This specimen sprouted in early spring in my Brooklyn garden. It began blooming in mid-May. Fleabane is native to these parts, and belongs to the great family of Asteraceae.

It has a pleasing form until flowering, at which time the leaves begin to yellow and the stems get wily.

Pretty, pinkish-white daisy-type flowers. Is it the bane of fleas? I hope I'll never know.


Fallopia japonica, Japanese Knotweed

Attractive plants make successful weeds.

The heart shaped leaves on young red stems give it away.

Don't let those quaint and attractive leaves of the young Japanese Knotweed fool you -the bottom photo shows how large these can get when not attended to. An attractive herbaceous perennial, it escaped garden cultivation years ago to become a major weed of wetlands, roadsides and yards. The specimen above grows in a fence row in my Brooklyn neighborhood, and has sent its rhizomes to the sidewalk strip adjacent to it where it grows a similar height each year. Persistent, one must continually remove rhizomes, roots and stems. The young shoots are edible, making spring pulling more tolerable.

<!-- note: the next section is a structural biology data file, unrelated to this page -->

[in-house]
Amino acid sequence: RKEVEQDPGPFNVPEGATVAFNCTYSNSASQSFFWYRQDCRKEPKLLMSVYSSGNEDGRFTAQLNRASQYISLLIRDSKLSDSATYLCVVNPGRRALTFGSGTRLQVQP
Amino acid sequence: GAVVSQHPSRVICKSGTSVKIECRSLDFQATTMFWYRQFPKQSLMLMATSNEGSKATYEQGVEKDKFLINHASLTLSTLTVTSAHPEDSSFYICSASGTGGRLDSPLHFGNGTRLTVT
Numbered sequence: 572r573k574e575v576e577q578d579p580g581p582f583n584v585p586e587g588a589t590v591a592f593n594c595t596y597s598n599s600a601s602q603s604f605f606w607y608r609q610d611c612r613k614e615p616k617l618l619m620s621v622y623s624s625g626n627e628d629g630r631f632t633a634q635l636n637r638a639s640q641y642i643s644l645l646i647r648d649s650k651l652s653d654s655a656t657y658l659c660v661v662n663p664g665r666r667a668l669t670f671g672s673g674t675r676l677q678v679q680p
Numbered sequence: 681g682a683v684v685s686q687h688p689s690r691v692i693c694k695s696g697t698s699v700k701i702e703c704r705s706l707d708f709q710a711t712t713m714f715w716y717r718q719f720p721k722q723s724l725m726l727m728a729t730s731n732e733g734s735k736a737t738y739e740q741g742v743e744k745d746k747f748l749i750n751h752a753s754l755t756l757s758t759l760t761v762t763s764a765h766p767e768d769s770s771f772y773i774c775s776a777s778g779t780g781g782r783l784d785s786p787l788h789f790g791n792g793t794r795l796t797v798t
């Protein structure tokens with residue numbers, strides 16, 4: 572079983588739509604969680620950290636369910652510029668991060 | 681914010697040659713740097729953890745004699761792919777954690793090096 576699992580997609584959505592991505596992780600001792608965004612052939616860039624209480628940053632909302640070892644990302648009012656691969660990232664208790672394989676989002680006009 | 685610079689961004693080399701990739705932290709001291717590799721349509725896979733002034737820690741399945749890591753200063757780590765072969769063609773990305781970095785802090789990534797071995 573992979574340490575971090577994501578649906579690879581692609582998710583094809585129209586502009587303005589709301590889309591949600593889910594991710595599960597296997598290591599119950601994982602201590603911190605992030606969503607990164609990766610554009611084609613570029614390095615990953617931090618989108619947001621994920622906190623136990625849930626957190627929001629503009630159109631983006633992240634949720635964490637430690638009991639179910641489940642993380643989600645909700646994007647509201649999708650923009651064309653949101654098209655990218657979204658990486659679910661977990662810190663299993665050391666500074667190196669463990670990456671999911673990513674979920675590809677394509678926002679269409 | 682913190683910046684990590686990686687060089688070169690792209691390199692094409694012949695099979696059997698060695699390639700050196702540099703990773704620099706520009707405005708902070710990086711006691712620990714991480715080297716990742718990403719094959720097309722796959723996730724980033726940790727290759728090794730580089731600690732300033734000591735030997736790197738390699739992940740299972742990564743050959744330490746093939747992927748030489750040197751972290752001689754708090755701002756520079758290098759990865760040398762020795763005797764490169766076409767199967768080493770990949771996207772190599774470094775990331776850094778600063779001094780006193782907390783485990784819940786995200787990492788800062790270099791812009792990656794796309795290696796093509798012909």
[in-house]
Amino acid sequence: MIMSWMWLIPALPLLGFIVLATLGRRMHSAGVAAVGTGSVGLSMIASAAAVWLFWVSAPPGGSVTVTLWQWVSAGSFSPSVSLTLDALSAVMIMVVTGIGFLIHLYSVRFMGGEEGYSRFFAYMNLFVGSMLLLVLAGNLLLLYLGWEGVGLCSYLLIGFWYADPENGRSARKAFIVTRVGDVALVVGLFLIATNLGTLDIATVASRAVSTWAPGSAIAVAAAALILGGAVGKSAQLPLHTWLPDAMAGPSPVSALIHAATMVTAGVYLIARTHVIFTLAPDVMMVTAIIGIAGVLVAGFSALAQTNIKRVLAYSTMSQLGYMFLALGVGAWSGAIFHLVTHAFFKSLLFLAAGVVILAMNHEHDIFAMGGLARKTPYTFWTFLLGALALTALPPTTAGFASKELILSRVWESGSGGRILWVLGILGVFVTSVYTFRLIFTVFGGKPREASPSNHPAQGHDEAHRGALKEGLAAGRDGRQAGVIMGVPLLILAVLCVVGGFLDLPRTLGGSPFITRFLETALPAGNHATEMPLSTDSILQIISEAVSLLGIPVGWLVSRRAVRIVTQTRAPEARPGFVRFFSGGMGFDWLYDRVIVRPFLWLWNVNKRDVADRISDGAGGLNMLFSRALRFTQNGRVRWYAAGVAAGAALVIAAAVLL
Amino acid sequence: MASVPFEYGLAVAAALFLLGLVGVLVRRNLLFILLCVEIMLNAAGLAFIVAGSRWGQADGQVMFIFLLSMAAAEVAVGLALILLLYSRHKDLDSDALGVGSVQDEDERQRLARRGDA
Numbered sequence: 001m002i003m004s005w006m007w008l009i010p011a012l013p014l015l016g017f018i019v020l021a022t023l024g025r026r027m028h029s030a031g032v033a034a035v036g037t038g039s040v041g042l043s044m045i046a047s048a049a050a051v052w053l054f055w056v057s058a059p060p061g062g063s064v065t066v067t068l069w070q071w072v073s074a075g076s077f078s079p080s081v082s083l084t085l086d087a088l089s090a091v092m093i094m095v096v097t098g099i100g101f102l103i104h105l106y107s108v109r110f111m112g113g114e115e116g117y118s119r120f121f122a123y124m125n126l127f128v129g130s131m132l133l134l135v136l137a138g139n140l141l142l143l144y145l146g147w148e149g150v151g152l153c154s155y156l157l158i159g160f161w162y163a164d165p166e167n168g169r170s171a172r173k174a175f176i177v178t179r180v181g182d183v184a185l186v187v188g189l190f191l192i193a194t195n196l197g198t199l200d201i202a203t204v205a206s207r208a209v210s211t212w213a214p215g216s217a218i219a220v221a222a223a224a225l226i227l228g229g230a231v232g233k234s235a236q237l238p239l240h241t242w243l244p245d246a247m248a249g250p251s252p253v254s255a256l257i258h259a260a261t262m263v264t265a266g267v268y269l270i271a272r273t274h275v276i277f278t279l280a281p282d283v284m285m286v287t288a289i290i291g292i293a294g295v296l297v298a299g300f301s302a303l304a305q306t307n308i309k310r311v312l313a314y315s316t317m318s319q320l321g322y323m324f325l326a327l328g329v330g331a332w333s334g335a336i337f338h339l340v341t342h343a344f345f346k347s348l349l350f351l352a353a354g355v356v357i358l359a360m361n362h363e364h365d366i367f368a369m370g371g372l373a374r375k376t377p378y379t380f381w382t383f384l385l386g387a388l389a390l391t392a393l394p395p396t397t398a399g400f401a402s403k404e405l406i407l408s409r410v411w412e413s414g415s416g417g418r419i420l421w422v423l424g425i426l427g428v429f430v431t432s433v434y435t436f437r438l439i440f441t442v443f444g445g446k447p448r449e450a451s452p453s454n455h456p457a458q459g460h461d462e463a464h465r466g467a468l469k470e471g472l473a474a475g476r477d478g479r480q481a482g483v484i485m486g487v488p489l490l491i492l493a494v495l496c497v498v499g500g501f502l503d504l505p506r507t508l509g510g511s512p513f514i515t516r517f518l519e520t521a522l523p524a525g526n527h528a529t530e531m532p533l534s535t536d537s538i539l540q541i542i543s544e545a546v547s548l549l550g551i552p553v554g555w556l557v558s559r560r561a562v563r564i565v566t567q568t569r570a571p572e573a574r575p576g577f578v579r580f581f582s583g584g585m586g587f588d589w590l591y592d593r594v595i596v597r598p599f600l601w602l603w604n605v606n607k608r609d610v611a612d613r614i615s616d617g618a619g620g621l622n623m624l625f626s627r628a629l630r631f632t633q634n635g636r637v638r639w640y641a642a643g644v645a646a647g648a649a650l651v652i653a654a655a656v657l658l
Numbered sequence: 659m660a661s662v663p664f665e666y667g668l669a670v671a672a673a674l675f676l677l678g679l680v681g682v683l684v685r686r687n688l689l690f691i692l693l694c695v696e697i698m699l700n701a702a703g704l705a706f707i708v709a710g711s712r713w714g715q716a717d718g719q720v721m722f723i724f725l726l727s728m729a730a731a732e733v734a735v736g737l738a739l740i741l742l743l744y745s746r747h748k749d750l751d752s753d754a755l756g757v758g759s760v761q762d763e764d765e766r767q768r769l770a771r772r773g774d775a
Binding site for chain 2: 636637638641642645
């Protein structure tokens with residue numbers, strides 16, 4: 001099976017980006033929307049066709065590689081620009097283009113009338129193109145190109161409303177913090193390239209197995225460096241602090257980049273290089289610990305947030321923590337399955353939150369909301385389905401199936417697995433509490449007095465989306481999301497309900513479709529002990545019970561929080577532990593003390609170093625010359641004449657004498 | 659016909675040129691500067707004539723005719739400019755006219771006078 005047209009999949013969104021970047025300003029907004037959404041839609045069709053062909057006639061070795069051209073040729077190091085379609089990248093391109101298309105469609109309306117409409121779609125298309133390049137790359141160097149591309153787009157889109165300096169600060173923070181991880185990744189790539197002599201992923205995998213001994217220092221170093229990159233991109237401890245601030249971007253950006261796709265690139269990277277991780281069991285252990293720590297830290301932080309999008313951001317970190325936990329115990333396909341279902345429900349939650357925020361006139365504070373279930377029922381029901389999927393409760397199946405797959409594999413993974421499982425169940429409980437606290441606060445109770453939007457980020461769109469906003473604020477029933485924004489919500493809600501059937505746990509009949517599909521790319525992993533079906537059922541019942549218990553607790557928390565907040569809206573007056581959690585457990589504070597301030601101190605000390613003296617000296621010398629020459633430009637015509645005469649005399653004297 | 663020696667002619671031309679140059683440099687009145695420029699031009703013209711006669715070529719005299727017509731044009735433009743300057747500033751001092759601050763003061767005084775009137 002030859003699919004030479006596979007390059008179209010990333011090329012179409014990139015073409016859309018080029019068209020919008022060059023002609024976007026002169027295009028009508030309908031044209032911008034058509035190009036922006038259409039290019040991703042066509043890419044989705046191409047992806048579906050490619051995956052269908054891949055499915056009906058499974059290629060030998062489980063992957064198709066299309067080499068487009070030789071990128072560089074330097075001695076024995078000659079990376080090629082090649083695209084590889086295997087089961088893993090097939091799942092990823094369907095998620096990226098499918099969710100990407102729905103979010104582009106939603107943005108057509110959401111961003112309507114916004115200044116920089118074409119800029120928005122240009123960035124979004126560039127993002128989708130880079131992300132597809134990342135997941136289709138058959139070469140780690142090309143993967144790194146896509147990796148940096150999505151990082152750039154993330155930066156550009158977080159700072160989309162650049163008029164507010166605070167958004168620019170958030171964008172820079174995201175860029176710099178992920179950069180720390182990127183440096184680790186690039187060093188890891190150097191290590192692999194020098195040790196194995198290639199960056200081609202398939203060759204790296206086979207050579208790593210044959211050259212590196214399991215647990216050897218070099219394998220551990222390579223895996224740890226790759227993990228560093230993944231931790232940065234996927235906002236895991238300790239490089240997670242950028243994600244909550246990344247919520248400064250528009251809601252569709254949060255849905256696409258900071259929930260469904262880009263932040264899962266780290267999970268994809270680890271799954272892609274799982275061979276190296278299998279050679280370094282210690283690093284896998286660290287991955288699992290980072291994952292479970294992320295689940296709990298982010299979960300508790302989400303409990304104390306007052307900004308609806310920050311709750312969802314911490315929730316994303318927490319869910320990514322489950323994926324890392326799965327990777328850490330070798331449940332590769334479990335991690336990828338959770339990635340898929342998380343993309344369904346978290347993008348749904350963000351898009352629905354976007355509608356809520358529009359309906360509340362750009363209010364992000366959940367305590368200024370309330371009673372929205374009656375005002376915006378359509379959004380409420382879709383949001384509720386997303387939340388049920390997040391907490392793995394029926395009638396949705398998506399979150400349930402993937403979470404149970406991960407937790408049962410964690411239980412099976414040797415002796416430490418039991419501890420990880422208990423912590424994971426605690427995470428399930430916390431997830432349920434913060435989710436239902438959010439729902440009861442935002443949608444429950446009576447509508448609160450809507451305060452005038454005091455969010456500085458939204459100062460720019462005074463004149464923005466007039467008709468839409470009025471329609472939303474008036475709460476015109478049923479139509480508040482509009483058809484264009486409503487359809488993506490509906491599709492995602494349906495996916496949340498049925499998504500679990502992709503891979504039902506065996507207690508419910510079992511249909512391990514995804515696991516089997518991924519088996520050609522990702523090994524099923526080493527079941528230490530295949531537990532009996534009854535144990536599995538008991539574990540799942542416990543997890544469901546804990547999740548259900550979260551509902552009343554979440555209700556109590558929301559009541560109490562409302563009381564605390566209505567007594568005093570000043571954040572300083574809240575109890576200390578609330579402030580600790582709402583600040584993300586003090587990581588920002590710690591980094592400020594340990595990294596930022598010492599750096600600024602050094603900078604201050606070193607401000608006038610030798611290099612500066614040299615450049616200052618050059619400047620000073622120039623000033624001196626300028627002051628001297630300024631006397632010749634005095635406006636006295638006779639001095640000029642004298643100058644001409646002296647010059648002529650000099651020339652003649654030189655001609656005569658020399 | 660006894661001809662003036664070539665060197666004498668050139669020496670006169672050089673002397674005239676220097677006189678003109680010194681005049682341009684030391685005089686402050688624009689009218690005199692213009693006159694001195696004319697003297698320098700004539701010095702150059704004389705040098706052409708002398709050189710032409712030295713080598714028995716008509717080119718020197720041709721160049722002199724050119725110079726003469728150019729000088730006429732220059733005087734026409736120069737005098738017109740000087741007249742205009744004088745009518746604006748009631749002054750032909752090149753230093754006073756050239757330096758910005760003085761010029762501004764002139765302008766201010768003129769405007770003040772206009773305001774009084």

Hedera helix, English Ivy

English ivy scrambling up trees and across the ground in Prospect Park.

Hedera helix may not be a weed to many, and I don't always consider it a weed myself. But this plant does escape and does get out of control. I think we may have all seen at least one tree with this plant growing all over it. For the many who have shady spots in front of or behind their homes, this has been the answer to concrete. However, there are many different varieties - so choose one that is attractive and less invasive. To remove, simply pull it up. It roots from cuttings of the vine, so remember to pick up the pieces.


Lamium purpureum, Purple Dead Nettle